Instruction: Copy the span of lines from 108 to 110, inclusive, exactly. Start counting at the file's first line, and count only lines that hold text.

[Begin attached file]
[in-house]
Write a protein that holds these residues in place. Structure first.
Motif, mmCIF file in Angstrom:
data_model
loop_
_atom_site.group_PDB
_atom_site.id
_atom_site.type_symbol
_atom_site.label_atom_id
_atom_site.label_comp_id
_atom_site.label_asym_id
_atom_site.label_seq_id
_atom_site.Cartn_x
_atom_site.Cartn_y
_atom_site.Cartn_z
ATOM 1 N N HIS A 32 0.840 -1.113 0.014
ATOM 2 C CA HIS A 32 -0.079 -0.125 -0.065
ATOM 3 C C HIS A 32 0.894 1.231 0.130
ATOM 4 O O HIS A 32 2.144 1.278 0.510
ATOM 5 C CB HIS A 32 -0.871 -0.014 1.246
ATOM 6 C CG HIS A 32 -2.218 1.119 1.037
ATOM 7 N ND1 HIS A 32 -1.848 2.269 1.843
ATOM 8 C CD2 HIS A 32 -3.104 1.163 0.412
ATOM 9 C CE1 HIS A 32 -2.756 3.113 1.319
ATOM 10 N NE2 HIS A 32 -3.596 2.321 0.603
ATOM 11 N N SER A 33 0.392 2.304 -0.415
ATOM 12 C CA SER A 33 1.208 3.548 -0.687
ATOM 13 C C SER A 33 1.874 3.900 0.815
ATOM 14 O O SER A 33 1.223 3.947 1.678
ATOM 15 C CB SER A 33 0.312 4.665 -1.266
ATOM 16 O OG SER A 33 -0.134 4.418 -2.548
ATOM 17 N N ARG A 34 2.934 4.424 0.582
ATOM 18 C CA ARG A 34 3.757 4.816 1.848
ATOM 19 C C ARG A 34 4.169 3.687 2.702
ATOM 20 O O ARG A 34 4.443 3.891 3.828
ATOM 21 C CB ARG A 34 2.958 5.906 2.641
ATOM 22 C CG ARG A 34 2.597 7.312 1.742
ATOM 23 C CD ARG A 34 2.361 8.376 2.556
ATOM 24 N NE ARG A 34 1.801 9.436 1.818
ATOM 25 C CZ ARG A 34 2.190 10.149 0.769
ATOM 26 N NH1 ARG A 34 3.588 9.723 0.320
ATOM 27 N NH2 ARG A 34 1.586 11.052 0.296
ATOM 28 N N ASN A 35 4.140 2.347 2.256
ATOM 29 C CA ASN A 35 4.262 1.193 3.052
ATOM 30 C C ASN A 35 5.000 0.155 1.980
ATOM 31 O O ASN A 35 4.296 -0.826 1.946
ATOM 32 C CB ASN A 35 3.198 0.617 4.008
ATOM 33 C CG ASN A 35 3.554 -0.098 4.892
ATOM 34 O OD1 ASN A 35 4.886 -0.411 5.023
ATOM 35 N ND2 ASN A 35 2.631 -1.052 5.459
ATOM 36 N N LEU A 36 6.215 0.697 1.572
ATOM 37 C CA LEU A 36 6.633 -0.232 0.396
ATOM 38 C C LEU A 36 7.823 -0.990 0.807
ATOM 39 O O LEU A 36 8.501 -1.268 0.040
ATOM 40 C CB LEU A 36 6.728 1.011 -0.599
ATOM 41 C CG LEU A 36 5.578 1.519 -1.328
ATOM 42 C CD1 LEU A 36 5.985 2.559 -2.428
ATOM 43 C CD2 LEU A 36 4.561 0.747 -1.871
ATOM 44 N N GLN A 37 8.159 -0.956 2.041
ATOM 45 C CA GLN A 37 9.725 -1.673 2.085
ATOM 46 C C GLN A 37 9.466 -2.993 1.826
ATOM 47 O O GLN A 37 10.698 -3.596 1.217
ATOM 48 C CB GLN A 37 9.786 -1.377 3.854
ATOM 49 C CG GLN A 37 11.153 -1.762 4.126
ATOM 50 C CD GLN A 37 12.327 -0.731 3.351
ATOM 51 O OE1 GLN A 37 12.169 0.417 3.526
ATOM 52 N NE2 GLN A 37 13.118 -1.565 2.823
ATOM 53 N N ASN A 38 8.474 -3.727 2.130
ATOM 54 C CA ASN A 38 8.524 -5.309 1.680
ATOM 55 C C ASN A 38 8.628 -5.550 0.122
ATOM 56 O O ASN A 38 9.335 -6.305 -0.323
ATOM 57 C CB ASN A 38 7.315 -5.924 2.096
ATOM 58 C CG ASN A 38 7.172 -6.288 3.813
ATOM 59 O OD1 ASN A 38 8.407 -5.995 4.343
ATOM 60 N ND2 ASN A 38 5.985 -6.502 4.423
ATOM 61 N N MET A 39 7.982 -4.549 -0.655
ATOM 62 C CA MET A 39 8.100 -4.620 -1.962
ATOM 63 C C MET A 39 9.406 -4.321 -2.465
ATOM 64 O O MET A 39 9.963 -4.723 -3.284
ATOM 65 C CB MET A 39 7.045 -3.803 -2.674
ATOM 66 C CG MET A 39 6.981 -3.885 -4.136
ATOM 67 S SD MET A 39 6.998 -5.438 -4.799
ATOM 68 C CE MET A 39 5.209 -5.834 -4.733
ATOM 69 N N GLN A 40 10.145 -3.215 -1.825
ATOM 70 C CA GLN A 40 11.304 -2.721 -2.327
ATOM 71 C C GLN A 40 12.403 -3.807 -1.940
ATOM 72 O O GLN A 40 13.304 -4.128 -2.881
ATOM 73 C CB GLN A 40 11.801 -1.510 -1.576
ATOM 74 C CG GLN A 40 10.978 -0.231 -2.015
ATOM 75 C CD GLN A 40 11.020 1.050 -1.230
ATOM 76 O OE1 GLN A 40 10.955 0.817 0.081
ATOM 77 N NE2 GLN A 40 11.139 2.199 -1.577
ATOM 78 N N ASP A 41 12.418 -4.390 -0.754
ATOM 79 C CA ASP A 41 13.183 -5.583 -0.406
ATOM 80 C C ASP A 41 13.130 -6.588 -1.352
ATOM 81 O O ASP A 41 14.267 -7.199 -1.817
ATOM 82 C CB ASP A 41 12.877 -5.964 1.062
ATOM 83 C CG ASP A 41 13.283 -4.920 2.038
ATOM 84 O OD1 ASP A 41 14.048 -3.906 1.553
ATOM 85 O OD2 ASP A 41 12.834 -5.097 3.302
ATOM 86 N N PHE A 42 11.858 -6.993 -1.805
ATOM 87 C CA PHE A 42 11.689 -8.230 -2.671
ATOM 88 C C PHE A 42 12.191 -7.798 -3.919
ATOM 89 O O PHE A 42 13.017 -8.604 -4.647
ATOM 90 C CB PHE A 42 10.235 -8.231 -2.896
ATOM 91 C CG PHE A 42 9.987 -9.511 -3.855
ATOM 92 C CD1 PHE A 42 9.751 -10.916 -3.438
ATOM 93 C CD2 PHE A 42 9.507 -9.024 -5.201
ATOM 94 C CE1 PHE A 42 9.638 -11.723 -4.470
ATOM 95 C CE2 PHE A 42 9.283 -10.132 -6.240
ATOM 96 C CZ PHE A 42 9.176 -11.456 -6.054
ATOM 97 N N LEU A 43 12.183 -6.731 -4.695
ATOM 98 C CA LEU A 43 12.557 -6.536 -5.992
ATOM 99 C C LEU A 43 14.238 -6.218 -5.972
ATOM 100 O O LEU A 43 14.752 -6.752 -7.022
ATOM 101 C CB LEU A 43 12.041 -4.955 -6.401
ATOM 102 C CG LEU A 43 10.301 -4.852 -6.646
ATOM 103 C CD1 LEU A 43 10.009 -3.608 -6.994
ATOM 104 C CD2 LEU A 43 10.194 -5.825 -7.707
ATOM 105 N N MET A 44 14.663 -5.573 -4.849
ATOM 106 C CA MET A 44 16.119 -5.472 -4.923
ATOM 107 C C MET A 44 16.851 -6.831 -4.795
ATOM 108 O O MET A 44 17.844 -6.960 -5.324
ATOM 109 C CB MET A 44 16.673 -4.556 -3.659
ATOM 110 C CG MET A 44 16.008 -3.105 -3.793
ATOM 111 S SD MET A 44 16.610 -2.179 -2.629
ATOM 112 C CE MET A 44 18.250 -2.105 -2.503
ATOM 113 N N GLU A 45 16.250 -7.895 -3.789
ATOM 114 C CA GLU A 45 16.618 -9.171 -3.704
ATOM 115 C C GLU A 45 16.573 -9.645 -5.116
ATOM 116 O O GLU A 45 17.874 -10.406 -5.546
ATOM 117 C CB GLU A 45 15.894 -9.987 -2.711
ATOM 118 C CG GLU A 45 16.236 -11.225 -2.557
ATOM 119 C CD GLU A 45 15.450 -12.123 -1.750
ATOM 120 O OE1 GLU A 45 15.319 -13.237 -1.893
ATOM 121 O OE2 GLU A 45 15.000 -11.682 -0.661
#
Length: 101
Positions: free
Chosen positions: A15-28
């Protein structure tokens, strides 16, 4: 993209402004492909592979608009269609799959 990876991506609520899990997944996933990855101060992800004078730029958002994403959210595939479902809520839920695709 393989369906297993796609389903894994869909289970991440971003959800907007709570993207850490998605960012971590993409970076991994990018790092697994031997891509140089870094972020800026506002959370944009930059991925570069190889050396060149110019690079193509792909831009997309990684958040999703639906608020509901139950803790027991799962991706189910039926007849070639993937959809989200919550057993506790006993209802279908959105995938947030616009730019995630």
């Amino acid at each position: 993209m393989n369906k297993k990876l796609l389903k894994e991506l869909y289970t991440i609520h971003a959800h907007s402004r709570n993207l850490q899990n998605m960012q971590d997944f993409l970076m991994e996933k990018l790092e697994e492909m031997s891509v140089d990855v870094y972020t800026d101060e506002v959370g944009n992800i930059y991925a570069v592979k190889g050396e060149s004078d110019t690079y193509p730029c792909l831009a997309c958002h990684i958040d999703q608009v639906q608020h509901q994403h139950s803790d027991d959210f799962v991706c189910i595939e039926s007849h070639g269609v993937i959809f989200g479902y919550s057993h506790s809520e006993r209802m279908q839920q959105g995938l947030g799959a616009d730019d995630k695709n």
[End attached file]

ATOM 93 C CD2 PHE A 42 9.507 -9.024 -5.201
ATOM 94 C CE1 PHE A 42 9.638 -11.723 -4.470
ATOM 95 C CE2 PHE A 42 9.283 -10.132 -6.240